To ensure that the results we received for both WebRTC and DNS leak tests were accurate, we decided to conduct a complete privacy analysis on the provider using IPLeak.net. If you look at the results below, you can see no signs of any leakages. The IP address is that of a Singapore location, including the local IP. The DNS server to is the same as the cloaked IP, verifying that your identity remains secure!
Though it’s standard when it comes to security specs, ExpressVPN is anything but when it comes to stability. During our testing, which has gone on a long time because many Cloudwards.net writers use it, ExpressVPN has never leaked a DNS request or IP address, and the in the few cases when the killswitch was triggered, it always cut the connection immediately.
With regards to pricing, Surfshark tends to be incredibly cost-effective and wallet-friendly. The monthly plan starts off with incredibly high pricing at $11.95 and its a bit of a bummer. But the plans with longer subscription durations are priced much more reasonably. For instance, the 6-months plan, gives you a 65% discount, reducing the pricing to $8.99 per month. If you go for the yearly plan, you only pay $5.99 per month, which totals to $71.88 every 12-months. The best part of all: you have a 30-day refund guarantee available.
Similarly, many VPN companies would rather not have to deal with the legal implications of their services being used to download via BitTorrent. BitTorrent is, of course, not inherently illegal but it is often used to pirate copyrighted material. Very few VPN companies outright ban BitTorrenting on their servers, while others restrict its use to specific servers.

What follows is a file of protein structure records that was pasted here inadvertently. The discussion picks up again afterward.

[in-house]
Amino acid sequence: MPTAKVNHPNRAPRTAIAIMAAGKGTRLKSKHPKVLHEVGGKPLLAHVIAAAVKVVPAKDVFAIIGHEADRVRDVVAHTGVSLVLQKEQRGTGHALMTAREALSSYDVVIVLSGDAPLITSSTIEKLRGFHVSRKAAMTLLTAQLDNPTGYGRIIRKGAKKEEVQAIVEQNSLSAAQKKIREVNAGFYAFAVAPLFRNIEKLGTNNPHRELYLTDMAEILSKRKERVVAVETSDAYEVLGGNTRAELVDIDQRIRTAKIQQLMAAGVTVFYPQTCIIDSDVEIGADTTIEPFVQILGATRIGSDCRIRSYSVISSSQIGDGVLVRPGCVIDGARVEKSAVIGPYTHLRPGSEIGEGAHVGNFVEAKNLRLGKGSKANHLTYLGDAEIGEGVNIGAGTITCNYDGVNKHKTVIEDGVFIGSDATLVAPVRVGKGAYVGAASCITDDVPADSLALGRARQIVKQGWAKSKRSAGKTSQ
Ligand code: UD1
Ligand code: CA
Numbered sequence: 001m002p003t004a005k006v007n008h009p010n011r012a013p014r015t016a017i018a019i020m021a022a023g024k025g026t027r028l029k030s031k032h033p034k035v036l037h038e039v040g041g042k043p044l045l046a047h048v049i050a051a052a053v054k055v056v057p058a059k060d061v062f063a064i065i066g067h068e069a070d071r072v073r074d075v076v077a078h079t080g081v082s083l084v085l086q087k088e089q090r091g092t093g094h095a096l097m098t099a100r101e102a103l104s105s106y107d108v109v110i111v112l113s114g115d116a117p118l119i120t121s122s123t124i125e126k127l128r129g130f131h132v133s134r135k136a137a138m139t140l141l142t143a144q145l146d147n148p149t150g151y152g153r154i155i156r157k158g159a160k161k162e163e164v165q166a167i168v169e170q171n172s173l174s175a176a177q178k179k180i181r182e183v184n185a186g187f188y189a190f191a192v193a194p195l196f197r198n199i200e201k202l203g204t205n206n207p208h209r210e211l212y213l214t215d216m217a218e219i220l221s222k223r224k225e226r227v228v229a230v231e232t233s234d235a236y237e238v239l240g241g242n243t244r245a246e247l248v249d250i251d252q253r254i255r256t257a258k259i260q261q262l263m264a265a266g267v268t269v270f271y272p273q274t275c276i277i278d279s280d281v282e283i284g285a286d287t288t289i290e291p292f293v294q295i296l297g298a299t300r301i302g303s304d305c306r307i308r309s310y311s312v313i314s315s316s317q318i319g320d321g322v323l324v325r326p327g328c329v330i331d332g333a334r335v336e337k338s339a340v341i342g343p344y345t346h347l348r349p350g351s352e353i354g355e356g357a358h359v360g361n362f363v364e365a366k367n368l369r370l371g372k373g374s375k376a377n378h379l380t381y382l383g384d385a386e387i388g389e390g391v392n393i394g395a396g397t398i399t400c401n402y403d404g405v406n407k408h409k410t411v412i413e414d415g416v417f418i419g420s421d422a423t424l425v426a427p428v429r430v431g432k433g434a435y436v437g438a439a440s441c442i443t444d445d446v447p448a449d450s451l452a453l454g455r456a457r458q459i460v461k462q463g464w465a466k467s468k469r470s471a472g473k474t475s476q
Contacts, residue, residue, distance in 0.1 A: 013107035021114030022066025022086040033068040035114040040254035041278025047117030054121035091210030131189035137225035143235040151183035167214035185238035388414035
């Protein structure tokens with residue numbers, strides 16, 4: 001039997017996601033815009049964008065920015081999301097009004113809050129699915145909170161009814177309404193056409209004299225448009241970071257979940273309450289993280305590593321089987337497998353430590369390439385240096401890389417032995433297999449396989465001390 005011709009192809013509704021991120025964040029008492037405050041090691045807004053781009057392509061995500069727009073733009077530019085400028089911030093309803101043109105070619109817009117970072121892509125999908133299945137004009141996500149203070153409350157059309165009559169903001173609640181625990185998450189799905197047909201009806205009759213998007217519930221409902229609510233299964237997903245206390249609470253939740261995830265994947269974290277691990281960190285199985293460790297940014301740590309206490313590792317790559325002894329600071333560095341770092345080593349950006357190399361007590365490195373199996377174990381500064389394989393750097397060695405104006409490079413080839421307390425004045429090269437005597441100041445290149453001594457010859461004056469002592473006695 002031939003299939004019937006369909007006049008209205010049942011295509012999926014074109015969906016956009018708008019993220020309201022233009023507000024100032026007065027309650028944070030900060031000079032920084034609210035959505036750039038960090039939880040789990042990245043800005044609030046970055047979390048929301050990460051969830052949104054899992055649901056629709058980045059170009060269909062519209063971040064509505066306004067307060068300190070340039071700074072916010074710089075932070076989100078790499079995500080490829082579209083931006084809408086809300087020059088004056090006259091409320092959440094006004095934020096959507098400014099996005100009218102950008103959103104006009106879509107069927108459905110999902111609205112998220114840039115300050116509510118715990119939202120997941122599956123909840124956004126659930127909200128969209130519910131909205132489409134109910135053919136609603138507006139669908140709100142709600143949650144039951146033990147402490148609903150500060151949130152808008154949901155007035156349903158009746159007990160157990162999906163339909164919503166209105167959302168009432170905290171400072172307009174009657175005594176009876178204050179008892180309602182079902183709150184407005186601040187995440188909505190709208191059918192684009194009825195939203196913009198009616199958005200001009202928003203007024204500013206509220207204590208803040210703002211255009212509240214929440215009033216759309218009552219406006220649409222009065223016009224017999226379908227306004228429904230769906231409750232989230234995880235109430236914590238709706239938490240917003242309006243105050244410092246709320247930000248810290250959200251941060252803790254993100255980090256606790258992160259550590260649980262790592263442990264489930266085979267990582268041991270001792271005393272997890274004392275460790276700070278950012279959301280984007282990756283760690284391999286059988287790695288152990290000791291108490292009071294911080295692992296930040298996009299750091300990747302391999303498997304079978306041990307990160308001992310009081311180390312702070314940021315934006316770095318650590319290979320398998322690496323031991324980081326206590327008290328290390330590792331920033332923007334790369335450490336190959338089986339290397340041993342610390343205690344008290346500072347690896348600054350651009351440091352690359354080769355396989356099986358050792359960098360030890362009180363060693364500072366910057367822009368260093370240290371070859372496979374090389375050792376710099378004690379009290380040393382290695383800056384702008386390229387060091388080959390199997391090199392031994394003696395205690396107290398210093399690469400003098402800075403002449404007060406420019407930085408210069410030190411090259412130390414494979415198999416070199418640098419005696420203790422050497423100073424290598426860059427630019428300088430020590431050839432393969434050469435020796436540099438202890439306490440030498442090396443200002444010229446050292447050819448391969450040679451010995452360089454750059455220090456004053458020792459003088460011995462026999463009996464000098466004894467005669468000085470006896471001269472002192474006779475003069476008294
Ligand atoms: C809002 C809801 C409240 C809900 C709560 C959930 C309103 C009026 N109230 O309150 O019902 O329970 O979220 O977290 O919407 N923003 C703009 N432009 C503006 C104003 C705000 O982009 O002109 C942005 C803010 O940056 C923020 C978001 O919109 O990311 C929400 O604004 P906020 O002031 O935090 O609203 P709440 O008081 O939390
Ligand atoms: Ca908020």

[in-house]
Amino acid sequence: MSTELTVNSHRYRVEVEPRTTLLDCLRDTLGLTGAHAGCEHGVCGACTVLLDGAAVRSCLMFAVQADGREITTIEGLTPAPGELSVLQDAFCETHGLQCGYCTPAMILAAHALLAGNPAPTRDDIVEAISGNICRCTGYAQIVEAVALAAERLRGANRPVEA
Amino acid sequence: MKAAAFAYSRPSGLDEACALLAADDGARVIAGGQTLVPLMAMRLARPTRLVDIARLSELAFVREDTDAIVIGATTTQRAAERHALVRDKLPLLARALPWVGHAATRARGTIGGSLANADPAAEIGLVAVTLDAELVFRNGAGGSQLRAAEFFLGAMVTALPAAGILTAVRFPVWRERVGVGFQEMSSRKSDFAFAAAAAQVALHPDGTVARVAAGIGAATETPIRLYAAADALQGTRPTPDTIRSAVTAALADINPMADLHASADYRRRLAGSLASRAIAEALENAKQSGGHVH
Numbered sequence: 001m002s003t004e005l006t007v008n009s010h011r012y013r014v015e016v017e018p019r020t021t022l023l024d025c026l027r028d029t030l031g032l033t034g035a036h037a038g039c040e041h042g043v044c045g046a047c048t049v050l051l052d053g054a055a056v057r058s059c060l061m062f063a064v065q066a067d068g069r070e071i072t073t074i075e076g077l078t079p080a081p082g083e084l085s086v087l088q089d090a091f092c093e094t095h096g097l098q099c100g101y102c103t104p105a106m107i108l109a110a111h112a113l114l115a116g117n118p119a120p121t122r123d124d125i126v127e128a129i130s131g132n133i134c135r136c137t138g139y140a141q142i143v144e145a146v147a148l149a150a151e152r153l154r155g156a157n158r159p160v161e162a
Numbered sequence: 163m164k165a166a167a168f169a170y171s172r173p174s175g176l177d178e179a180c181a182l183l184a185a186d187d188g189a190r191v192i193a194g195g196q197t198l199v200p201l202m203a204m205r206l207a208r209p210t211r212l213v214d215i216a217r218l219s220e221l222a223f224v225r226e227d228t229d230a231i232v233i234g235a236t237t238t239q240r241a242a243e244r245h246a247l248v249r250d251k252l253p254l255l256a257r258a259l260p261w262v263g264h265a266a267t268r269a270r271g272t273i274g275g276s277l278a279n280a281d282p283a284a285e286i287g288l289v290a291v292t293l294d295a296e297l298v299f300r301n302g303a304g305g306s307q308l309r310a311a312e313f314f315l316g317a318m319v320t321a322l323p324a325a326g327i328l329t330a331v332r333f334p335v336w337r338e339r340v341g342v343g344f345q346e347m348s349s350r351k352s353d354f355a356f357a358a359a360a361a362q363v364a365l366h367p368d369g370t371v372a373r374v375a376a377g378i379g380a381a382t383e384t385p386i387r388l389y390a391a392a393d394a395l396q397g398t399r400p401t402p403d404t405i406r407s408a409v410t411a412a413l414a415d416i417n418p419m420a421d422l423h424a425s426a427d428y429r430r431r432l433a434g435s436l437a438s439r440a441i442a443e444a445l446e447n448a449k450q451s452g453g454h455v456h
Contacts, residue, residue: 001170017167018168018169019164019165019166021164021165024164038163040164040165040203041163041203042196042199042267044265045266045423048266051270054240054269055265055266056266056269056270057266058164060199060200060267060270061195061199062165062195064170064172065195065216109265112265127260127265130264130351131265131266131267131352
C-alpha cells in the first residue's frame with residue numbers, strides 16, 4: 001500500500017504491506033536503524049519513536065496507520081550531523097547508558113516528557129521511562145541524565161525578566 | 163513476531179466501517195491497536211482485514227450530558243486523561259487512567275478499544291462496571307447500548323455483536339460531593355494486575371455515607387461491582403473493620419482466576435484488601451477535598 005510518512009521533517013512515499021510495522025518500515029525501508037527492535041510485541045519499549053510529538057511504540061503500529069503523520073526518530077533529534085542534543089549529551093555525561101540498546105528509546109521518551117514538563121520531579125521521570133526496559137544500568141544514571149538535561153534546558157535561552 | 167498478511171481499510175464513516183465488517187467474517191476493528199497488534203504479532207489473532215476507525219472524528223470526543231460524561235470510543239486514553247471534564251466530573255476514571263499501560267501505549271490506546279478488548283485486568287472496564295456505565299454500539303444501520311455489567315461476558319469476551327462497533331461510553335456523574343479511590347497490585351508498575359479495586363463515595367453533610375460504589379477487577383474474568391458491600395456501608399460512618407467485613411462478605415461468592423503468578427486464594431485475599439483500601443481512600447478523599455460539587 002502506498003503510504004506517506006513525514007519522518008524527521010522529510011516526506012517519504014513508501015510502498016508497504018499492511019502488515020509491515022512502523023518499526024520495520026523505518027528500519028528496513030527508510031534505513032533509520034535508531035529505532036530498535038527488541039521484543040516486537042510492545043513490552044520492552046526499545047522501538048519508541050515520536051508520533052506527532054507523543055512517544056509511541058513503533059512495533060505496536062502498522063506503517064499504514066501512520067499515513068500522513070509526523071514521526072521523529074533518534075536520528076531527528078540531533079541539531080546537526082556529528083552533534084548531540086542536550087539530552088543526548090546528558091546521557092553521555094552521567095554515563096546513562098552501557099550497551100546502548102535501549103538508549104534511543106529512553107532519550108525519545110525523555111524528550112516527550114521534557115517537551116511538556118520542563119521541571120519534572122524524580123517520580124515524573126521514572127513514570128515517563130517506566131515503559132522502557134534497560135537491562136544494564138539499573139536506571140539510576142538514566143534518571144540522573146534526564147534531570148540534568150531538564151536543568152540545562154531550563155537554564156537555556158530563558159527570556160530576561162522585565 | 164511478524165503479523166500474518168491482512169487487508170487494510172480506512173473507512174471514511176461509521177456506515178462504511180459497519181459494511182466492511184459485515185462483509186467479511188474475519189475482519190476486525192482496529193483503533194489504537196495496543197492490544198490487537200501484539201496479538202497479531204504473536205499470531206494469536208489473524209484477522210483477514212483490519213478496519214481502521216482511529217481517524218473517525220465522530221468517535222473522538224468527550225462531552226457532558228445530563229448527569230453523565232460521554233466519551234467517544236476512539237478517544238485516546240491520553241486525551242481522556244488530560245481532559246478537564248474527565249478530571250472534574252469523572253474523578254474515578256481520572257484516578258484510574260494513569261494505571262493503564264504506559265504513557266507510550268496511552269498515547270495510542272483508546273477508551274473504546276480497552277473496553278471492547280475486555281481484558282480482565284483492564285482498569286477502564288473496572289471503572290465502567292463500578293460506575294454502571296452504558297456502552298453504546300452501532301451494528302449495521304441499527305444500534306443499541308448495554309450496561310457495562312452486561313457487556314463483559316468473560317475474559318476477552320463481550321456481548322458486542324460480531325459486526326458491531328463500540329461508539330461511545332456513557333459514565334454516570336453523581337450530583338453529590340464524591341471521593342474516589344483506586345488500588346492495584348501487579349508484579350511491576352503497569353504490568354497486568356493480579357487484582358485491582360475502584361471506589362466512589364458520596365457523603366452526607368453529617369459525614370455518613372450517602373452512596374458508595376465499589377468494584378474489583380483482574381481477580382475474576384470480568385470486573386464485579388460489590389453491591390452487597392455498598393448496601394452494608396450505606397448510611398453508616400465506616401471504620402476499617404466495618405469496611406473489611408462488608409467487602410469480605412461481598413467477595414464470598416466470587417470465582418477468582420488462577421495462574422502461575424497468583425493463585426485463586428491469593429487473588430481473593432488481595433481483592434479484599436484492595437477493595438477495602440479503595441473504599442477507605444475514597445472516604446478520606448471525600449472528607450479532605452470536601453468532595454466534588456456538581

Disclaimer: Top10VPN is not a VPN service and does not endorse the use of VPNs for unlawful means. Users should ensure they adhere to all applicable laws and terms of service when using a VPN. We have no control over third-party websites and your use of them may be governed by their terms and conditions. We are an advertising-supported comparison and review site and may be compensated for featuring certain providers. We strive to keep the information on our Website up-to-date and accurate, but we do not guarantee that this will always be the case.
VPNs are necessary for improving individual privacy, but there are also people for whom a VPN is essential for personal and professional safety. Some journalists and political activists rely on VPN services to circumvent government censorship and safely communicate with the outside world. Check the local laws before using a VPN in China, Russia, Turkey, or any country with with repressive internet policies.
I recently signed up with NordVPN. So far the issues I have found are that occasionally data is unavailable from certain websites. One of these is Amazon. Certain data, such as some Amazon images, are not available from US servers but can be accessed using the Canadian server. A hassle but at least a workaround. I did have a problem getting schedule data from the MLB (baseball) site from both US and Can. servers. Still evaluating whether I should try another service. Thanks.
Wi-Fi attacks, on the other hand, are probably far more common than we'd like to believe. While attending the Black Hat convention, researchers saw thousands of devices connecting to a rogue access point. It had been configured to mimic networks that victim's devices had previously connected to, since many devices will automatically reconnect to a known network without checking with the user. That's why we recommend getting a VPN app for your mobile device to protect all your mobile communications. Even if you don't have it on all the time, using a mobile VPN is a smart way to protect your personal information.